This is what makes it worth it: we allow ourselves to be pushed beyond our comfort zones, to be measured against higher standards, and to muster the resolve to be disciplined, patient, and focused.

And because it is hard and there are times when we feel we could not do it, we all the more put ourselves in a position of faith as we make room for God and ask Him to intervene and fight our battles for and with us.

In the end, we develop of our character, leading us closer to the kind of person we are and will become.

So, will you take the ‘easy A’ prof or the ‘legendary terror’ prof? What do you want to achieve? Do you know what you want to achieve?

Because otherwise, it doesn’t matter.

Now, in case you did end up with a terror prof, here are some tips for you.

  • Win the battle in your mind. Do not see the professor as your enemy, but as someone from whom you can learn.
  • Come to class prepared. Read the assigned material. Do the assignments. Study well.
  • Do not be afraid to ask questions. Make use of their consultation hours. Teachers teach because they love to teach, and a student who’s eager to learn will always be welcome.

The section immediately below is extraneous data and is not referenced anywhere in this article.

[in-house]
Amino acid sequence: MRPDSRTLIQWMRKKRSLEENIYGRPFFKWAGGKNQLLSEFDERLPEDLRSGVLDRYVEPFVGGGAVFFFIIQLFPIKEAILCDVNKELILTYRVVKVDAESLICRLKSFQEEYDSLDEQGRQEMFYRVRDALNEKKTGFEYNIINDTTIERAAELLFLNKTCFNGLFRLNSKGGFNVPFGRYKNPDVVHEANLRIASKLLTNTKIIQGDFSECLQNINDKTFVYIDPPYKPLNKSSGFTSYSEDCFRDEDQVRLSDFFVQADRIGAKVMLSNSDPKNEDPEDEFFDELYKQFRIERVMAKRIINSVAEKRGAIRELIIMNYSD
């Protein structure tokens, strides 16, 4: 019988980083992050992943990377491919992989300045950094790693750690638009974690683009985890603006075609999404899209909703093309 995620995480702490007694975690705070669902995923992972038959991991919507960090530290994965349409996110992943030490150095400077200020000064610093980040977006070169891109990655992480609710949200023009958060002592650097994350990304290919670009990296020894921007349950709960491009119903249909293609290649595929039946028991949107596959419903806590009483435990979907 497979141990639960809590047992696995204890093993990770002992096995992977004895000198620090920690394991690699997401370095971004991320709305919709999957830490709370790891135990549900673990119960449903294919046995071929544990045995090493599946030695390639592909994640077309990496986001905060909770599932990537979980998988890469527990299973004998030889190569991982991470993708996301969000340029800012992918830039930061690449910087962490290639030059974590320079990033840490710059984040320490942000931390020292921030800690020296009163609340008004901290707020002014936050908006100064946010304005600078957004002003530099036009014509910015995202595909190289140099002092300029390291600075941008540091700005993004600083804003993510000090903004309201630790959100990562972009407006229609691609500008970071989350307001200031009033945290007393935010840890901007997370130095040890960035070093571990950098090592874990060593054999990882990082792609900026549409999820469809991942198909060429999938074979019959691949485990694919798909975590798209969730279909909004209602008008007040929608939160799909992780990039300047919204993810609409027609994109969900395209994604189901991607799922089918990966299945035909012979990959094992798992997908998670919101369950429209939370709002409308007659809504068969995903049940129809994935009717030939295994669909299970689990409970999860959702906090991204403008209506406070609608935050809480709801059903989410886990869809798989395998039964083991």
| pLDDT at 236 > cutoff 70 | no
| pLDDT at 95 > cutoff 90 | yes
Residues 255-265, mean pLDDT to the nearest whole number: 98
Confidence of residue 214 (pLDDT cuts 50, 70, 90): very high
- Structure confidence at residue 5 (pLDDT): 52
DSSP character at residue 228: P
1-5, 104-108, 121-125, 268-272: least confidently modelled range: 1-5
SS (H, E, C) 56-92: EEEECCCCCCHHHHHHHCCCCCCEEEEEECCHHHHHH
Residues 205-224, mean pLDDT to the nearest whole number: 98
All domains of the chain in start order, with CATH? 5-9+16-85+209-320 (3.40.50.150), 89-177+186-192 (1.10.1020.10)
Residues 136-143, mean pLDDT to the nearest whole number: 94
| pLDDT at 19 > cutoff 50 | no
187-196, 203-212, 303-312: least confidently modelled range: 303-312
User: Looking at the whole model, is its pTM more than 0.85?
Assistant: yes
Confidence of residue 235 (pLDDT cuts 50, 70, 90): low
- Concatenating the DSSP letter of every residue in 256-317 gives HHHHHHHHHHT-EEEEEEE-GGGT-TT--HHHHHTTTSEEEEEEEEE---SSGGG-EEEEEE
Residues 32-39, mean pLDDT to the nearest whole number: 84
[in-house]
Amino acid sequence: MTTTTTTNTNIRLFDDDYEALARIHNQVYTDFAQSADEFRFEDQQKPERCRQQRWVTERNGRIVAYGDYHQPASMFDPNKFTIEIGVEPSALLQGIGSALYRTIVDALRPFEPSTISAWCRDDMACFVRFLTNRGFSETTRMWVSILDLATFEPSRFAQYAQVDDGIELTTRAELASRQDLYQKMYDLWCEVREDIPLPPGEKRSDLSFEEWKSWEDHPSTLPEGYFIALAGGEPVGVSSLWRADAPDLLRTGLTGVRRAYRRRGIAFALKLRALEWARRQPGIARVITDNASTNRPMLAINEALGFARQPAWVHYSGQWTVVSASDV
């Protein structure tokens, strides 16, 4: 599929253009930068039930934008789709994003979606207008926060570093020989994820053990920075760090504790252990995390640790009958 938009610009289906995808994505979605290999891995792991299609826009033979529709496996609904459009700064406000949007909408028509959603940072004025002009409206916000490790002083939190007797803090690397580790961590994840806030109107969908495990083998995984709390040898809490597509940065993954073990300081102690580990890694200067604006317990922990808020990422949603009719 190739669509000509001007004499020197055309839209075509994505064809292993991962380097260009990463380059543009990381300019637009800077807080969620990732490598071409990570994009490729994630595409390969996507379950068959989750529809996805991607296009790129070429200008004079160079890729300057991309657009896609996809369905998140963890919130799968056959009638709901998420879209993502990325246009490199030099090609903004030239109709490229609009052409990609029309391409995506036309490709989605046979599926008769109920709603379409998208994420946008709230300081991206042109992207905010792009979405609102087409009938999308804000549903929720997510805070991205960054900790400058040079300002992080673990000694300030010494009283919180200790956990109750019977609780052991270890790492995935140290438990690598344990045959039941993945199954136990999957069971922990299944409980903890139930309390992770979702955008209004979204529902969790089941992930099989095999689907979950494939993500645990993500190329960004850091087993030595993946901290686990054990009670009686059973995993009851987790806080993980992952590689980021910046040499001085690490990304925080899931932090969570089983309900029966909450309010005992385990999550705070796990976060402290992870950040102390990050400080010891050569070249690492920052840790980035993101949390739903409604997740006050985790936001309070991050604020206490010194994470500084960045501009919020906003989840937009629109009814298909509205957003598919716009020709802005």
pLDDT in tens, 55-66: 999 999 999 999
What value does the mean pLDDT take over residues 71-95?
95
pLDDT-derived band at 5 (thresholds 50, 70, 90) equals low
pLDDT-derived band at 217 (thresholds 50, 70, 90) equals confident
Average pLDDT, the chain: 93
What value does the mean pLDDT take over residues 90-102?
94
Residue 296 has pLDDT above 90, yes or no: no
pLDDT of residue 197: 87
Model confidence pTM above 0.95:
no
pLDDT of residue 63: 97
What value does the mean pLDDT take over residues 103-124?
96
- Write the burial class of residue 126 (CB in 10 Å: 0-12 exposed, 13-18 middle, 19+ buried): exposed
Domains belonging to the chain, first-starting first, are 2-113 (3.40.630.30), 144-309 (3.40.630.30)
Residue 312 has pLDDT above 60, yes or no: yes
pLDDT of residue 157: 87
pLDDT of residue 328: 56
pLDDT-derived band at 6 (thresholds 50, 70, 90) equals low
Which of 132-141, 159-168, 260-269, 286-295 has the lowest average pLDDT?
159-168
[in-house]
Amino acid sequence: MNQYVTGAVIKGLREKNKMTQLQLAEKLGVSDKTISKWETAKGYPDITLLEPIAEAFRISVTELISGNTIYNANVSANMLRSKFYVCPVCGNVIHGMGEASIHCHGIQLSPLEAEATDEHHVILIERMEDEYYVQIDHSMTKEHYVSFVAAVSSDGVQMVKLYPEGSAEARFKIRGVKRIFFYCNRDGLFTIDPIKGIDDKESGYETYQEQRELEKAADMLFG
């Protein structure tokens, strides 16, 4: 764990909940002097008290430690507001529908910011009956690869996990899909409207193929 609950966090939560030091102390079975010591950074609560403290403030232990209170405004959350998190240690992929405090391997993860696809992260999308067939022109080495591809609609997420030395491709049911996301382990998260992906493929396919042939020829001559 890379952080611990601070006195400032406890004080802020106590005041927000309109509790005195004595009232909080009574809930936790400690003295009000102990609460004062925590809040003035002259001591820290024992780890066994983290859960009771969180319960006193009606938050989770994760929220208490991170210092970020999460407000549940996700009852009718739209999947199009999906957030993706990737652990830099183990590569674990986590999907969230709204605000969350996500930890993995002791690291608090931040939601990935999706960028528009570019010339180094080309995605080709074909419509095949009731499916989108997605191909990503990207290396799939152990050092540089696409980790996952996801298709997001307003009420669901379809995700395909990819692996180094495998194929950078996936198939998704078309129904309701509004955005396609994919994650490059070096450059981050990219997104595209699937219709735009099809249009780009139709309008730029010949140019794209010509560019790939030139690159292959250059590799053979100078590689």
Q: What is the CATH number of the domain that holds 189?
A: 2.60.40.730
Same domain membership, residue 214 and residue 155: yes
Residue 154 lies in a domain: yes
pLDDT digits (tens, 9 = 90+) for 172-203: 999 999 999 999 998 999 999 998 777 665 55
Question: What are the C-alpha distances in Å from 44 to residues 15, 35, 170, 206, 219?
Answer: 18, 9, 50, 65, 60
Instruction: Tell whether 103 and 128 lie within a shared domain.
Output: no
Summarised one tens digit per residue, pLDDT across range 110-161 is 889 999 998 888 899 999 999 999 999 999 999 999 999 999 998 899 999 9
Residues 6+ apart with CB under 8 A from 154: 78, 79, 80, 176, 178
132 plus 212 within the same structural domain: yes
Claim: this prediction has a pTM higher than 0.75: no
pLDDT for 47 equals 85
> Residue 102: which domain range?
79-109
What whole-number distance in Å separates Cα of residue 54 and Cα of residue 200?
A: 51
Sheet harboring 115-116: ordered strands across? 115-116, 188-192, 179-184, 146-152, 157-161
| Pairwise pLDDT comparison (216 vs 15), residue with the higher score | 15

• Be the first one to say “Hello” or “Good morning” to your teachers whether inside or outside class. Do not avoid them.
  • Take the opportunity to thank your teachers for what they are doing. This is not being sipsip, but just being appreciative of your teachers. Remember, being a teacher is not the only thing they do. They have other responsibilities, and it’s always great to be appreciated.
  • Remember that not all Easy A or fun professors leave you with less learnings. There are professors that are fun, generous in grading, and teach really well. At the same time, not all terror professors leave you learning more. There are professors that just give low grades and maybe give you a hard time in learning stuff, so choose wisely and listen to the stories of your upperclassmen!